If you had to live the same day over and over, what day would you pick?
For years now my wife and I find a way to squeeze watching "Groundhog Day" into every February 2nd. It's a great movie, featuring former Ghostbusters buddies Bill Murray (playing the lead, Phil Conners) and Harold Ramis, who directs and has a cameo in the movie. You've seen it, I'm sure, so I won't go into too much detail. Phil Conners is a prima donna weatherman who is sent to Punxutawney, PA to see if Phil the groundhog sees his shadow. But every morning he wakes up and its groundhog day again (great choice of alarm clock music), and he has to relive the same day again.
Then begins the modern day version of Ecclesiastes. In that book, usually attributed to Solomon, you have the man who has it all--the girls, the money, the great job--but in the end nothing satisfies the itch inside (all is vanity). Phil Conners explores all these and more, but ends up trying to kill himself; more than trying, succeeds in killing himself but can't, still waking up to Sonny and Cher at 6am. He too finds that all is vanity, all this life has to offer is empty if the deeper itch isn't scratched.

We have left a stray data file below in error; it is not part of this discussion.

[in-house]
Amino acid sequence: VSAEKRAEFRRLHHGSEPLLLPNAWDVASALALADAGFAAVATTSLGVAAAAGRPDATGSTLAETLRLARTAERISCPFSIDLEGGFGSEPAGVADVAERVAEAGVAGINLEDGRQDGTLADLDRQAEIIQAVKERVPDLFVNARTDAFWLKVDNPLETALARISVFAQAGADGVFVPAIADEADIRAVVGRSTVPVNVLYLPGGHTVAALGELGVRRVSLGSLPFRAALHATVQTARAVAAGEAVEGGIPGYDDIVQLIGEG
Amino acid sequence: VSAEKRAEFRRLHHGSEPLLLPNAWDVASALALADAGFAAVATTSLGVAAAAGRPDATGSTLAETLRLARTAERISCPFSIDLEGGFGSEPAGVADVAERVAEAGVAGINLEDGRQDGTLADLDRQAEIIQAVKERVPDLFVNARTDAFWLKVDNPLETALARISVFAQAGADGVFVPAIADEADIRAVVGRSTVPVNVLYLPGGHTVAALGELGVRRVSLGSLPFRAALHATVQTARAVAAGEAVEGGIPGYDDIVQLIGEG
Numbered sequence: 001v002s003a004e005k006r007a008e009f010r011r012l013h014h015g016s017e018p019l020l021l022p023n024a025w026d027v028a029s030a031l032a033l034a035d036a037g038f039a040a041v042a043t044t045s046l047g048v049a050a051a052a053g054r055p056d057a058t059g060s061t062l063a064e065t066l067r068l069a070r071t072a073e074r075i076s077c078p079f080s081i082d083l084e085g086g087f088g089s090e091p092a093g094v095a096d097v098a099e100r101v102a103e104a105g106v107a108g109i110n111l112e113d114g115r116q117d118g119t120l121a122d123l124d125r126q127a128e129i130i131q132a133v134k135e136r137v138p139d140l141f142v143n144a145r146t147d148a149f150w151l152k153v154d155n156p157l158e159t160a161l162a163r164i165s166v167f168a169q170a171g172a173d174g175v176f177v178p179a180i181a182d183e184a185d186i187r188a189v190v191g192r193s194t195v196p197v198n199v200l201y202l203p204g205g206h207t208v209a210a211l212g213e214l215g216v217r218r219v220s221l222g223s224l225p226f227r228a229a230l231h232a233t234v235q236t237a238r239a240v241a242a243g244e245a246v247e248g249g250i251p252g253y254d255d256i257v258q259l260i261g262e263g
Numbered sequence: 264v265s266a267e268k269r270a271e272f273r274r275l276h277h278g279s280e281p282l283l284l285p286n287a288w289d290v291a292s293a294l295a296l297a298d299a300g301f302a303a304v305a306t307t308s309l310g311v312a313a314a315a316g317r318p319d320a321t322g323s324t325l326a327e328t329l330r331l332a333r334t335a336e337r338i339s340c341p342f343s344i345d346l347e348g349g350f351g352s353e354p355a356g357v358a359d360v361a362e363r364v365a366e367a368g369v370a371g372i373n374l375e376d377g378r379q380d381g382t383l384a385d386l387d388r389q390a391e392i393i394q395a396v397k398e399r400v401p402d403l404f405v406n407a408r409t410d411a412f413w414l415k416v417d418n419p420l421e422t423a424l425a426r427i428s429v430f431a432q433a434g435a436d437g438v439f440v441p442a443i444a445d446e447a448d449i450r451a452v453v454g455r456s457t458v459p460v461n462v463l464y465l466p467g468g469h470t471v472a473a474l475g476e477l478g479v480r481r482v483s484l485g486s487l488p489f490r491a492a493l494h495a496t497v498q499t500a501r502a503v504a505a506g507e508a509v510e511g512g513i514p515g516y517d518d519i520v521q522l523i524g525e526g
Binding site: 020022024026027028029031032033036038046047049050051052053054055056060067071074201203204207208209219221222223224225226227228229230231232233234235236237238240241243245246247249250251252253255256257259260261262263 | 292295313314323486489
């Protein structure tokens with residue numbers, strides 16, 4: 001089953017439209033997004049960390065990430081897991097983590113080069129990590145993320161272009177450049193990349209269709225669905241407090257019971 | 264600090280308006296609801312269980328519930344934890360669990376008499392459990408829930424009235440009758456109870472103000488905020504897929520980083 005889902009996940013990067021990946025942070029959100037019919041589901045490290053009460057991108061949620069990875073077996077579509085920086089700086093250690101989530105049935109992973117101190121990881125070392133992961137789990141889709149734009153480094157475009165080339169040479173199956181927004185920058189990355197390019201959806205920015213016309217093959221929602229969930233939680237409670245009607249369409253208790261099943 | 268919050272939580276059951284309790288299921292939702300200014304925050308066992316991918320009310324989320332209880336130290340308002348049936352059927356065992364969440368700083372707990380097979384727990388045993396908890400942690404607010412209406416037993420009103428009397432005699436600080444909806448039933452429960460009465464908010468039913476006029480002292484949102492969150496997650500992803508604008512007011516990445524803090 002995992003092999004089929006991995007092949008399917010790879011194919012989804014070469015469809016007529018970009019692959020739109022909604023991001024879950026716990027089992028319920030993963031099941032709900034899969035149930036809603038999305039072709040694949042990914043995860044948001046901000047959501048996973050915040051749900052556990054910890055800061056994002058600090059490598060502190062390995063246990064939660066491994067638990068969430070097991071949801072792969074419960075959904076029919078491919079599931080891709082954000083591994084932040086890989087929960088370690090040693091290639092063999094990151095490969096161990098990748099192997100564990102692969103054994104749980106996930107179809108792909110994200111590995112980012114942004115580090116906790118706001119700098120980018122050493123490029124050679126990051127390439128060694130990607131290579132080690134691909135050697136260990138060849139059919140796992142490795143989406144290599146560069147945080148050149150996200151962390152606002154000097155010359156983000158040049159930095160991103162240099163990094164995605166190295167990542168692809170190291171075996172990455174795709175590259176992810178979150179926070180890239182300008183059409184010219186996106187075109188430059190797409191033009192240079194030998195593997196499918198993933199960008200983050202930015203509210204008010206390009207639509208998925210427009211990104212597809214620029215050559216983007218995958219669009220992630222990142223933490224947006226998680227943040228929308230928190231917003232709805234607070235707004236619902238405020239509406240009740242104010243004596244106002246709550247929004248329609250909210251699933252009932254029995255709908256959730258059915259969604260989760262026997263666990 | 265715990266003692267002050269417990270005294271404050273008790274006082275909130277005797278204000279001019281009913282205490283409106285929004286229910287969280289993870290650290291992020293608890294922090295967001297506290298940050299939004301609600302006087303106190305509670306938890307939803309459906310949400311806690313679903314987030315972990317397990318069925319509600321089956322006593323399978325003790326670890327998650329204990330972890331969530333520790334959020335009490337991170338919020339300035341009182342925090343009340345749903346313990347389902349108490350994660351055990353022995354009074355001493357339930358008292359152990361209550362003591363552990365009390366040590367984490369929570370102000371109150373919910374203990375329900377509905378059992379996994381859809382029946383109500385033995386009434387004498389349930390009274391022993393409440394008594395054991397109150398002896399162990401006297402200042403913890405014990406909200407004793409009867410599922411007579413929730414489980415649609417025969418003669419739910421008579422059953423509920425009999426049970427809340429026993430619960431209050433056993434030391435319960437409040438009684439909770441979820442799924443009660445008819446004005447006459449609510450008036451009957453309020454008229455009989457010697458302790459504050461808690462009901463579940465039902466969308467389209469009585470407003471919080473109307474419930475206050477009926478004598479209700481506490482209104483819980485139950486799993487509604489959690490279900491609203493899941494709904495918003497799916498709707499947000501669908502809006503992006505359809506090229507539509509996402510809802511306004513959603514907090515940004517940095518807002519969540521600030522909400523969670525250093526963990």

People today look to scratch that deeper itch the same way humans have for centuries now: money, sex, and power.
But the truth is that deeper itch is scratched only by authentic relationships. In the movie version, Phil tries hard to seduce Andy McDowell's character, but the manipulation fails. In the end, when he gives himself to serving others, getting to know them and their real dreams and passions and failures, he becomes the kind of man she can fall in love with.
You and I have the same opportunity today. We can seek satisfaction in money, sex and power and forever be disappointed the itch is still there.
Or we can pursue authentic relationships with God and people and find that in serving others out of our own sometimes successful/sometimes failure life, we find satisfaction. We find our itch gets scratched.
Anything else is vanity.